We are completely transparent with our partners. We respect our partners. We are not "players." We are ethical sluts.
Frequently there's a misconception that those who are sex workers (meaning anyone involved in the sex industry from escorts to porn performers, sex therapists to strippers) are somehow damaged. That they're either uneducated or their career path is the result of a poor childhood. Sex-positivity looks to challenge that notion.
As the host of Full Disclosure, a podcast which looks to humanize those in the sex industry and generally destigmatize the cultural taboos surrounding sex, I've interviewed a number of adult performers, sex workers, sexologists and the like. The overwhelming majority of those I've interviewed are exceptionally intelligent and well-rounded individuals, those who do not come from a background of child abuse or neglect -- certainly no more than anyone else working in any other industry. I'd feel pretty silly chalking up Jim in finance's decision to become an accountant to his father leaving him when he was five, and I'd feel just as silly saying that's why Lexi is now a webcam model.
Being sex-positive doesn't just inform our own personal relationships. It's an attitude that sexuality, in its many forms, is an innate part of who we are as humans. And with that belief, sex education needs to be an integral part of our schools' curriculum. Children should know that not everyone, perhaps themselves, need to defined by a male/female sexual binary. Students don't just need to hear "it gets better," we need our schools to lead the charge in being able to tell them "it is better." Young women should not be told that their pleasure and shame go hand-in-hand. All too often sex is presented to our youth as something abnormal, immoral and "other," and consequently when sex does rear its head, it's often in unhealthy, irresponsible and uninformed fashions.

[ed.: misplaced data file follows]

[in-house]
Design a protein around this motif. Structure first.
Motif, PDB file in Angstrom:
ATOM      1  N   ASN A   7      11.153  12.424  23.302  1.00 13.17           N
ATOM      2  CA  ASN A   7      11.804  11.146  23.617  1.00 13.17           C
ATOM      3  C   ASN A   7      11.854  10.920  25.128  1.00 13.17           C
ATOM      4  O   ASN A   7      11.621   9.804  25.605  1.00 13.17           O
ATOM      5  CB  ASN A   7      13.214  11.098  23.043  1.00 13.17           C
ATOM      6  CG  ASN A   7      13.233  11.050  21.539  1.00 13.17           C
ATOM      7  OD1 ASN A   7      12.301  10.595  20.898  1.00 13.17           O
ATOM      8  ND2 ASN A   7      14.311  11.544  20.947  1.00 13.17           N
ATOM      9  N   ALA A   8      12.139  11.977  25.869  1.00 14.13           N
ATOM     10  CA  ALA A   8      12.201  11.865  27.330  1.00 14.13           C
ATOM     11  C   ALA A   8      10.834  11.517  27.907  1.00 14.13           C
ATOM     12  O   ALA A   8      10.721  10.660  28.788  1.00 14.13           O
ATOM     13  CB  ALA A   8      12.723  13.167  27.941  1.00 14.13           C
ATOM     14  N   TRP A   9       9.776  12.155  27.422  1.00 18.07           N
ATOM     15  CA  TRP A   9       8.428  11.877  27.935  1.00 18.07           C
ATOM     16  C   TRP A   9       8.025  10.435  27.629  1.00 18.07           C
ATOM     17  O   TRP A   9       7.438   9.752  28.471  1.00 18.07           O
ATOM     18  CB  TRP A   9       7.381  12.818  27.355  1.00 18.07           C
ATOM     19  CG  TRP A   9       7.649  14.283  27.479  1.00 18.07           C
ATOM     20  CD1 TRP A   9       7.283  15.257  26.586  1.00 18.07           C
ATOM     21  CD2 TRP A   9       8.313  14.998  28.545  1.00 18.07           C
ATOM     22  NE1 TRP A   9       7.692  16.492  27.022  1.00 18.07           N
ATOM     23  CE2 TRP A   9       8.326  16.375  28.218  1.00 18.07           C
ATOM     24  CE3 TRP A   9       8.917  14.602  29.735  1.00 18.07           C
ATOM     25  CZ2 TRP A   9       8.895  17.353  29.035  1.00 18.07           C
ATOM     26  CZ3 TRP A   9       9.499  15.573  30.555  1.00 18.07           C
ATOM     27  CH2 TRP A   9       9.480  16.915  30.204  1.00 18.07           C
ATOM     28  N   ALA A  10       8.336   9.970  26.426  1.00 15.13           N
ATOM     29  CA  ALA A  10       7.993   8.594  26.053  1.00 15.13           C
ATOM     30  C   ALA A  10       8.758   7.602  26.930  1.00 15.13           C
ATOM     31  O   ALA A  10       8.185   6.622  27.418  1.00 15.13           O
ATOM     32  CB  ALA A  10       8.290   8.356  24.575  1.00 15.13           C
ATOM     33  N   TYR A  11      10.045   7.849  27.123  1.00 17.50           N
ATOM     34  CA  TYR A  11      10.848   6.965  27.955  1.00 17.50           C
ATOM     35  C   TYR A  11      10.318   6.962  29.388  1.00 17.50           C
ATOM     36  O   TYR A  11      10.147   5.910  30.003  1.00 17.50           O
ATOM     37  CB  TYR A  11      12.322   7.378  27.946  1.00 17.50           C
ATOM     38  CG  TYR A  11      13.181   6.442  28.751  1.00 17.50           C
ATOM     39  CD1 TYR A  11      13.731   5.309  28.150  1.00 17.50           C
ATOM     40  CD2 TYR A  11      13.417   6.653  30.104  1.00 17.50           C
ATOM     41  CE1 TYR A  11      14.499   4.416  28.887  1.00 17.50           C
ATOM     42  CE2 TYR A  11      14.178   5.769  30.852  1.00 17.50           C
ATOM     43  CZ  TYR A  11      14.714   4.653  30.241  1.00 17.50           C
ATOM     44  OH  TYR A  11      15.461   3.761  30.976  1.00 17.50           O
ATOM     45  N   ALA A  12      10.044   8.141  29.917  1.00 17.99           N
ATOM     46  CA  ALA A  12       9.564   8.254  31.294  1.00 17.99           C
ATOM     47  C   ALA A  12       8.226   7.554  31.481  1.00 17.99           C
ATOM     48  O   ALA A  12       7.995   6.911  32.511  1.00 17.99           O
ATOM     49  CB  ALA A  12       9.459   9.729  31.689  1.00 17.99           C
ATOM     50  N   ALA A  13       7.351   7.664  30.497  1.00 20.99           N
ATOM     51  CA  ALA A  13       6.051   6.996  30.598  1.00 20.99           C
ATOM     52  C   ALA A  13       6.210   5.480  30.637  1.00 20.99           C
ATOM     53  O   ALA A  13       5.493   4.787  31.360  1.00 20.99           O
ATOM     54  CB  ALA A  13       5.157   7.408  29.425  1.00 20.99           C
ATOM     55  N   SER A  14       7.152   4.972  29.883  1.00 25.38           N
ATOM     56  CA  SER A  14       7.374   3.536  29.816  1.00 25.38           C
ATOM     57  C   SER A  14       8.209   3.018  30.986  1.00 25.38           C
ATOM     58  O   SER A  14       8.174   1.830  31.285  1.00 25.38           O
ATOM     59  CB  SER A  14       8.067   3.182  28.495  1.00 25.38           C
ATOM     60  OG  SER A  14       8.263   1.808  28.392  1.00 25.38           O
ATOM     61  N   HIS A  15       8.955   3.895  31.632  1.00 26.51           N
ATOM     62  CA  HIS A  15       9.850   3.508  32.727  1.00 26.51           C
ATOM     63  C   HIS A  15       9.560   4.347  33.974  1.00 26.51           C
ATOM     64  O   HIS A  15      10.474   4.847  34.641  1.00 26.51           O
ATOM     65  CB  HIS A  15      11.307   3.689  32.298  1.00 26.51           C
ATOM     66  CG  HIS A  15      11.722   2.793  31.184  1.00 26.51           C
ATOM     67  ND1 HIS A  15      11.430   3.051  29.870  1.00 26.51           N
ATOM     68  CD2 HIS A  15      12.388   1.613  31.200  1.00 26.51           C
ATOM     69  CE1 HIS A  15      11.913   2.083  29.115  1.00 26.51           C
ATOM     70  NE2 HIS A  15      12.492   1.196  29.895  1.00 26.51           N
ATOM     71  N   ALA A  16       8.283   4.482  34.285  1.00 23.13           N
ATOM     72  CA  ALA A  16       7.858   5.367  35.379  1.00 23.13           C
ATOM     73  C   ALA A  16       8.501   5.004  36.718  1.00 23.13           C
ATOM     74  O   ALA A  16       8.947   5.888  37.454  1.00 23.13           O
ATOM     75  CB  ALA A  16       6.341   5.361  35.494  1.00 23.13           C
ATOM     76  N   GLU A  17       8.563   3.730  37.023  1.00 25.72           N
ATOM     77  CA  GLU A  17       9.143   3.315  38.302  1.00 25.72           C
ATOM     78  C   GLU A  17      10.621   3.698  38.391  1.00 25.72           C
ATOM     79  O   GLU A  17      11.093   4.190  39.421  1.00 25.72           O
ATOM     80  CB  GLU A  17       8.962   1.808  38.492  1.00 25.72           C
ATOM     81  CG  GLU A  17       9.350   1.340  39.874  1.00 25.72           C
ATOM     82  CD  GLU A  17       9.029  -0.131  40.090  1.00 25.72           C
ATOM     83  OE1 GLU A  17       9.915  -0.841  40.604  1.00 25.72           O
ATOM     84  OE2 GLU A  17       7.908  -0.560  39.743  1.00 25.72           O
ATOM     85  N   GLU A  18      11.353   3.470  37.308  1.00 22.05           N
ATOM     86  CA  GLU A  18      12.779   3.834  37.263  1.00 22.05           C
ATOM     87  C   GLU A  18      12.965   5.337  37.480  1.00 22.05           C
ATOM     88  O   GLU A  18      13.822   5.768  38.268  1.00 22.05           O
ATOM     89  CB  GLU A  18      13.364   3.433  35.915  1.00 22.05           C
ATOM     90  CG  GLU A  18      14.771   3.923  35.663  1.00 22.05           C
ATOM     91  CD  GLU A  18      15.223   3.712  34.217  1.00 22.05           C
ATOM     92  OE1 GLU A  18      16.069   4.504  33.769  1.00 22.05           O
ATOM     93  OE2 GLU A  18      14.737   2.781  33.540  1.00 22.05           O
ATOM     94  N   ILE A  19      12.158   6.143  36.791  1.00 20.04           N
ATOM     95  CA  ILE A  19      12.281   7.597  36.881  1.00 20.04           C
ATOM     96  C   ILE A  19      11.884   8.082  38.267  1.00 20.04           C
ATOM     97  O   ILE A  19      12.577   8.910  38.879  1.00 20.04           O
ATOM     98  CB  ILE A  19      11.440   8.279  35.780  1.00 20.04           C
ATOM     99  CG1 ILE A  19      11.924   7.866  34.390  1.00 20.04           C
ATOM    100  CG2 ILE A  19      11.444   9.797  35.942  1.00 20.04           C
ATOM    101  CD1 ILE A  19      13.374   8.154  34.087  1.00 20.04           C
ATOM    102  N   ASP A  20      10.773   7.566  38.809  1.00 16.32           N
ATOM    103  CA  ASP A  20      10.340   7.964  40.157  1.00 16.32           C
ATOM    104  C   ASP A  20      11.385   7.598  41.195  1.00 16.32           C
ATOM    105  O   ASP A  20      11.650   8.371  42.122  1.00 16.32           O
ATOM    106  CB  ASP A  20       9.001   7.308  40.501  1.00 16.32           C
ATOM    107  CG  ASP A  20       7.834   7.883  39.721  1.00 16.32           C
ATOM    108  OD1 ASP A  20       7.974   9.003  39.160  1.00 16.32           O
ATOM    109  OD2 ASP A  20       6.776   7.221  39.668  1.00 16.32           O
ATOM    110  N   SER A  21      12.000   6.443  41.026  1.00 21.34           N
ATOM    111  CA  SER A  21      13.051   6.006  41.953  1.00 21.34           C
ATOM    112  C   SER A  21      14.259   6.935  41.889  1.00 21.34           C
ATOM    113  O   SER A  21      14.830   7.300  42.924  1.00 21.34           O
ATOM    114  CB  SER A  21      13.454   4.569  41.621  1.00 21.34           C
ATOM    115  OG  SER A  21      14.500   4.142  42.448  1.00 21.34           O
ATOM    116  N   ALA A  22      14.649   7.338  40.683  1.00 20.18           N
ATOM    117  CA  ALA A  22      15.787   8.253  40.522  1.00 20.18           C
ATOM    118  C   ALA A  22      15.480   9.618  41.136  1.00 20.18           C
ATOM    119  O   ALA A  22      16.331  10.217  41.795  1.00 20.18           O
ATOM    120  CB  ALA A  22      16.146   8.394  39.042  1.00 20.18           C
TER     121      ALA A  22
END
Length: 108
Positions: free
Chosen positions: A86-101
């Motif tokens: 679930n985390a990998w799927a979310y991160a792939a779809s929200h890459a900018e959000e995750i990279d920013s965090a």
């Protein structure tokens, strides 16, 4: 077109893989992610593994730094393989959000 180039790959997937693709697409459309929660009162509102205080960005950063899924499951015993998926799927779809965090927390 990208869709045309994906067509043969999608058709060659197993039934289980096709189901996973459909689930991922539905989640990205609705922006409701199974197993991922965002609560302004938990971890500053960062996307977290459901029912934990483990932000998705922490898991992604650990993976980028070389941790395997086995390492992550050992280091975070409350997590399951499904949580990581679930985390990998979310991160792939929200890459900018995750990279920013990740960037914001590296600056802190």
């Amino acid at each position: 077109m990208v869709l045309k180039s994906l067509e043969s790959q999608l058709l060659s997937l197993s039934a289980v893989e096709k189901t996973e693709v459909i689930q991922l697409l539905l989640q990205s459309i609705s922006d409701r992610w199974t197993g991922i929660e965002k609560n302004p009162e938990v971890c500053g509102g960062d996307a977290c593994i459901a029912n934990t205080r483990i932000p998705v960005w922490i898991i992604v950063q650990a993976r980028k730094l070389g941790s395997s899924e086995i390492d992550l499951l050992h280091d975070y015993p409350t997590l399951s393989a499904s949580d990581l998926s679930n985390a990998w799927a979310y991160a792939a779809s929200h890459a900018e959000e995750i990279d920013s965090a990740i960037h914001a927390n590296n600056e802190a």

Unfortunately, most of this was lost on the women back at the bar. They had never heard of sex-positivity, and it was a lot for them to soak in. It directly challenged everything they'd ever been told about the lens through which we view sexuality. When they first heard the term sex-positive, they thought I was talking about something related to HIV status, or inviting them to a sex club. I'm exceptionally grateful for how hospitable Chicagoans have been to me, inviting me into their home. I think we both have a lot we can learn from each other.
Sex isn't something we're going to get rid of. It's why we're all here after all. And that's not something any of us should feel shame over, but instead we should be celebrating and educating ourselves about, and embracing with an attitude of positivity.
You can hear more from Eric Barry on the latest Full Disclosure podcast. This week features an emotional interview with Chicago improviser and Second City member Caroline Allen.